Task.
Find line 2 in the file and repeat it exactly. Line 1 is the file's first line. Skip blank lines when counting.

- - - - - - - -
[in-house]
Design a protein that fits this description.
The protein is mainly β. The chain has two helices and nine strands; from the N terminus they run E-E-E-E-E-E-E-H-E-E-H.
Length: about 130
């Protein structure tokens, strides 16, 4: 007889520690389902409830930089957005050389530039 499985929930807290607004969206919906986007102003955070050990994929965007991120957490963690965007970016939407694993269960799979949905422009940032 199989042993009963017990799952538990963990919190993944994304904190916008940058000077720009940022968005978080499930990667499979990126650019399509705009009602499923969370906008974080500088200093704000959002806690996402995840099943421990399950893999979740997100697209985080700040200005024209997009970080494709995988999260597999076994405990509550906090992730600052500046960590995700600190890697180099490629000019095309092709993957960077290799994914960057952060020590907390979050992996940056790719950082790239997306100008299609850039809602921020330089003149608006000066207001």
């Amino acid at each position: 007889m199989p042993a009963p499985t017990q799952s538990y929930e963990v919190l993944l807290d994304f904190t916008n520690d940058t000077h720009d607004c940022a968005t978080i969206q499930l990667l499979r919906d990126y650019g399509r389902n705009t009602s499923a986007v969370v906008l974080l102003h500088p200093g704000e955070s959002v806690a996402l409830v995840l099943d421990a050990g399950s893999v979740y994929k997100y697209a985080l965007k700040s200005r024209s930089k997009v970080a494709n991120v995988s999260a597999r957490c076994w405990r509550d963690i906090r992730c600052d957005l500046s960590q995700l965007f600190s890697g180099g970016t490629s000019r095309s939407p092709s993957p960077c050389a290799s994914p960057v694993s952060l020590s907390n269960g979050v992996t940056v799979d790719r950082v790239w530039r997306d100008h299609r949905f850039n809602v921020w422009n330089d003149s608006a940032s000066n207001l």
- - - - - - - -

Design a protein that fits this description.